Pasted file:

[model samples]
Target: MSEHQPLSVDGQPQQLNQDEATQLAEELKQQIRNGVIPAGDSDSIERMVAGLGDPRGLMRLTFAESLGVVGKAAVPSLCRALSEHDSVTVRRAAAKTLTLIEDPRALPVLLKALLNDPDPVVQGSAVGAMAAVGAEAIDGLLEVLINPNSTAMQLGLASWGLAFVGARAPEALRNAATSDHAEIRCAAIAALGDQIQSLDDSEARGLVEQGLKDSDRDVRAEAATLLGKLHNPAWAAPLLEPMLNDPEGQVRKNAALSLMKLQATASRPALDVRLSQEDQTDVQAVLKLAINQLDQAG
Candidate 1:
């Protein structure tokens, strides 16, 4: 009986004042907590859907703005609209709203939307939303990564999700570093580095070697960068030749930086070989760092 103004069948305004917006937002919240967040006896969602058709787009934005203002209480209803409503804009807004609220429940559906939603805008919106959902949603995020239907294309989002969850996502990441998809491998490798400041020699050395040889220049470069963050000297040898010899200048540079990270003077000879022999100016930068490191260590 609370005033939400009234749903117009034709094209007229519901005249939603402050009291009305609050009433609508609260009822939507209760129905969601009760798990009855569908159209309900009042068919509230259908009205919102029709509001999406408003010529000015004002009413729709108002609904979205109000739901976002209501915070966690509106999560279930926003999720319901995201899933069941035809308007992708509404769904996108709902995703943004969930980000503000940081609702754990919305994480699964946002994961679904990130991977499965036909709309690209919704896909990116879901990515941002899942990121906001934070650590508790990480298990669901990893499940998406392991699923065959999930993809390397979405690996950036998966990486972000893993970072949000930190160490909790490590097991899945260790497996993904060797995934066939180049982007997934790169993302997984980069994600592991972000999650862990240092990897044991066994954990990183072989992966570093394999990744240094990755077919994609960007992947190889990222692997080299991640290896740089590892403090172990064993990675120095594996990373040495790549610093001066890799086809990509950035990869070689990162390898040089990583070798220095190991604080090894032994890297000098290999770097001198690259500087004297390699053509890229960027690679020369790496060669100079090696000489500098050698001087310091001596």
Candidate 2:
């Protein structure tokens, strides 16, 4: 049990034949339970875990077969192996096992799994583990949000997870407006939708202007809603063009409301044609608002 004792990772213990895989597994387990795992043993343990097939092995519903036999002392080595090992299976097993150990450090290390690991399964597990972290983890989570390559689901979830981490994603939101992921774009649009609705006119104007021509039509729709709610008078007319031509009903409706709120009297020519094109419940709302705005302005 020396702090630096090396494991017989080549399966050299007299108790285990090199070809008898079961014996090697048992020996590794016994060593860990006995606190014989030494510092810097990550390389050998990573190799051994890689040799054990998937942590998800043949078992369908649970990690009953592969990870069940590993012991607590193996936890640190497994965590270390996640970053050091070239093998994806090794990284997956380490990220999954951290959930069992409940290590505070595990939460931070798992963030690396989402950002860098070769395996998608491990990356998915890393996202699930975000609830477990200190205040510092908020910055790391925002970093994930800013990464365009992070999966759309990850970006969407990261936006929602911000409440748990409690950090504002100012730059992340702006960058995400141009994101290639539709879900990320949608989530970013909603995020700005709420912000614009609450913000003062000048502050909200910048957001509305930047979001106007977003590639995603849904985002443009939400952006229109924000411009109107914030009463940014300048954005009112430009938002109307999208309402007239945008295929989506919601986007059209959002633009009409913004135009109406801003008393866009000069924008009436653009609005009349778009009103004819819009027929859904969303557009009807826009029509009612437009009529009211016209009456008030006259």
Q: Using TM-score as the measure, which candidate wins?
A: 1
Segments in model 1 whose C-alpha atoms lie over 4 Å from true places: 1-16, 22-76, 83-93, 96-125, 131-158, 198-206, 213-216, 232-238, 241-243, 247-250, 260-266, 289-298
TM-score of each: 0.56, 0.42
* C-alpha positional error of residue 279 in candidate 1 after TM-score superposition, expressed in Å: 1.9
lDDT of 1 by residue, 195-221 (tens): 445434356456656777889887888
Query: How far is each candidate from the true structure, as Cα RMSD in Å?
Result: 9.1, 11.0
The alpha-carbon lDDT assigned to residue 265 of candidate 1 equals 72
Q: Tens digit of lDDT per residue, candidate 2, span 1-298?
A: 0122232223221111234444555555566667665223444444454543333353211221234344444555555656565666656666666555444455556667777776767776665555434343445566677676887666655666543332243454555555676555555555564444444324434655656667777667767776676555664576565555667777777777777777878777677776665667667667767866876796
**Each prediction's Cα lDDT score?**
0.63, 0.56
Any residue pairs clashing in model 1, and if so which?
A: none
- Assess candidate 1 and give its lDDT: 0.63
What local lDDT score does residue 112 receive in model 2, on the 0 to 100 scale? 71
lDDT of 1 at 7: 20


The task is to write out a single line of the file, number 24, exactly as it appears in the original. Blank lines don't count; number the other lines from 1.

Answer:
lDDT of 1 at 7: 20